I really liked this new book (just out in July 2022), although it started slow and took a long time ramping up. It is unique, layered, and thick at 592 pages. A Christian Science Monitor review called it sublime, exquisitely written and engrossing. The NYTimes called it enthralling and masterful.
It is about two women in their eighties who have been friends and neighbors their whole lives. They are Quakers from Philadelphia who spend summers on a lovely bit of oceanside land in Maine. They both want to save the land from development after they pass on, but they must surmount much to make that possible. And anyway, to whom does any land actually belong?
Agnes never married and focused on her career, while people-pleasing Polly (yes Polly!) did marry and was the brunt of the patriarchy from both her husband (shades of Middlemarch here) and her patronizingly greedy sons. There is also a third character, a younger one named Maud, who is trying to balance both motherhood and career on her own.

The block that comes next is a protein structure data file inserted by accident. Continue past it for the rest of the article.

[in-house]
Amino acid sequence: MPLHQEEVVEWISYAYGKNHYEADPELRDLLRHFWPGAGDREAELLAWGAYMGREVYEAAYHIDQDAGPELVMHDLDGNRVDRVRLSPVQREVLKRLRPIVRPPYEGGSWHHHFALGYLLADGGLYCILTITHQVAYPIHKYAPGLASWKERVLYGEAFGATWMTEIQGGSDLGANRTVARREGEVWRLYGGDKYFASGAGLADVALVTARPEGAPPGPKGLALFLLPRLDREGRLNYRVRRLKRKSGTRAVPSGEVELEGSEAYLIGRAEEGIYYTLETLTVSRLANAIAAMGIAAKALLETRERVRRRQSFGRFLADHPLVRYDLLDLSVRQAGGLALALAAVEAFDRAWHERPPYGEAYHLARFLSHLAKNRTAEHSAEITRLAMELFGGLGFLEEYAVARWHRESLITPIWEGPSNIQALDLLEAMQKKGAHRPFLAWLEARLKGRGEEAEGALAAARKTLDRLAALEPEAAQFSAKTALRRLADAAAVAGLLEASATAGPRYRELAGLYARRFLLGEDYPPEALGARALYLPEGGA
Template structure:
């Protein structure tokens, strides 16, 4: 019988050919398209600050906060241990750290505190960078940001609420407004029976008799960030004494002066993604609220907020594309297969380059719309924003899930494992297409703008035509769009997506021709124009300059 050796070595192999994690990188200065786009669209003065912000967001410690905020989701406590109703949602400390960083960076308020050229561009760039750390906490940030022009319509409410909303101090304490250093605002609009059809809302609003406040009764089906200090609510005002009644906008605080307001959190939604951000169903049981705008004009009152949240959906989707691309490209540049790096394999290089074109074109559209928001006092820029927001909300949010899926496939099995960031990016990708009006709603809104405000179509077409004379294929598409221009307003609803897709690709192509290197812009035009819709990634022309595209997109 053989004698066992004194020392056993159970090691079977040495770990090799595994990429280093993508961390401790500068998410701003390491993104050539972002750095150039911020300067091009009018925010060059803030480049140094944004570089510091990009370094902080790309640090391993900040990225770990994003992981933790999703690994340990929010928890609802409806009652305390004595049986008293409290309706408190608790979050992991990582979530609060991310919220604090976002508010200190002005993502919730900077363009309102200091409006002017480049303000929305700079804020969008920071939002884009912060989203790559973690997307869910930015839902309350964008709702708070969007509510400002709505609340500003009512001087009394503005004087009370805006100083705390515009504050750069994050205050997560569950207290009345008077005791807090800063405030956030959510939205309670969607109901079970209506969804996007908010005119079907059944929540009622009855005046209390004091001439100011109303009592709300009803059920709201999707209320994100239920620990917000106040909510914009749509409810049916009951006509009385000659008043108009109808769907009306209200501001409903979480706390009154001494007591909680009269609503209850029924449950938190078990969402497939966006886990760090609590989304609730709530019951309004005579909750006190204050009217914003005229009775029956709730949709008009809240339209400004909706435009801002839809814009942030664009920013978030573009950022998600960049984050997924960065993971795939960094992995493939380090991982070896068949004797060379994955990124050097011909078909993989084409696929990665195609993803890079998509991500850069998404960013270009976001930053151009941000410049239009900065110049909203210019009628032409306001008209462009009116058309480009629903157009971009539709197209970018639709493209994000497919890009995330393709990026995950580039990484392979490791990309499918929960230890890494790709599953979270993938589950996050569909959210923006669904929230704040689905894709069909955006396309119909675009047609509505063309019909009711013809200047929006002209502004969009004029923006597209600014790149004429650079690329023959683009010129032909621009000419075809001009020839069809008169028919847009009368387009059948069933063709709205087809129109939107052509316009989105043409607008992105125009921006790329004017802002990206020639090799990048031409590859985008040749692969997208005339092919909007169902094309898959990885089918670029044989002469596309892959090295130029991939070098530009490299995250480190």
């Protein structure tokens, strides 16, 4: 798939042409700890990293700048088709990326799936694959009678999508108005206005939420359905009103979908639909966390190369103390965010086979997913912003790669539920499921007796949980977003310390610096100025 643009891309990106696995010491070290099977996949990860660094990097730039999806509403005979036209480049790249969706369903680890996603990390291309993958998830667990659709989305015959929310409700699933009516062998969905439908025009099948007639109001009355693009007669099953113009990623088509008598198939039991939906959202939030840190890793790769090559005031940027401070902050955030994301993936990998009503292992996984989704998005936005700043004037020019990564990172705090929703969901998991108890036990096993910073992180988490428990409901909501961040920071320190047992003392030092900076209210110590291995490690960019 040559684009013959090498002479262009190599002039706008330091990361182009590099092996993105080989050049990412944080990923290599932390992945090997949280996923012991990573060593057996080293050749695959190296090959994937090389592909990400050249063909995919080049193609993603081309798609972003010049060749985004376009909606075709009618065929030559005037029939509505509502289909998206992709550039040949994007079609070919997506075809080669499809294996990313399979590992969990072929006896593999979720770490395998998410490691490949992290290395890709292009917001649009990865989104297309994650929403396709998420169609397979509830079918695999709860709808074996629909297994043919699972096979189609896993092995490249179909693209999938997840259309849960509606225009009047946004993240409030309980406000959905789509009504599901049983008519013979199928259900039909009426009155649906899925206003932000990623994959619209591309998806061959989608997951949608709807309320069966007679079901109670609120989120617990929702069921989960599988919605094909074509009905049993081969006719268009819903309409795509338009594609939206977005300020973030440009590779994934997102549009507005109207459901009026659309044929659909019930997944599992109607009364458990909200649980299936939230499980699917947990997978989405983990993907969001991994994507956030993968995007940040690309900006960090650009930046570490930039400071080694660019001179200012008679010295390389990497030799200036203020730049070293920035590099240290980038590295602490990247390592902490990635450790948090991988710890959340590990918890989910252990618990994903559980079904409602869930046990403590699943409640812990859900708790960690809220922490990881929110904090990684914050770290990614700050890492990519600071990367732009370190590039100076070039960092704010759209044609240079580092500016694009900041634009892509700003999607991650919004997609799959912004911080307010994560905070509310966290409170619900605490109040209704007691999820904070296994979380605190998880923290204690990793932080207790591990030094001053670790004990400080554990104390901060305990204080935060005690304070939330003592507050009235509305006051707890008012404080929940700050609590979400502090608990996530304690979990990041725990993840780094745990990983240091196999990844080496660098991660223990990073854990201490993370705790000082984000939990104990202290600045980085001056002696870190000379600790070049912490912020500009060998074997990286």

The writing was excellent if ornate. “The sky was so blue it looked chewy.” “Many women forwent the possibility of advancement by being diligent rather than bold.” We get a good view as well into what it is like to be in your eighties. “But there was a last time. An unforeseen and uncommemorated last time. I don’t remember it. That, more than anything, describes aging to me – the letting go of one activity after the next, with no fanfare. Just realizing later that the last time has come and gone.”
The second half of this novel is way better than the first half. It shifts halfway through to a flashback, and that is when the book picks up steam. After that, it ties together in an unlikely twist– a needle in a haystack kind of thing you’ll have to suspend your disbelief to swallow. In the end they could say that they “had loved someone,” which points to a life well lived.
I liked the threads here of compassion, of love, of respect for the land, of feminism, fighting back against ageism, animal rights, tension between locals and people from away, and a questionable prison system. You may enjoy those threads too if you stick with this languorously embroidered prose. Maybe already loving Maine helps as well. I give it four stars.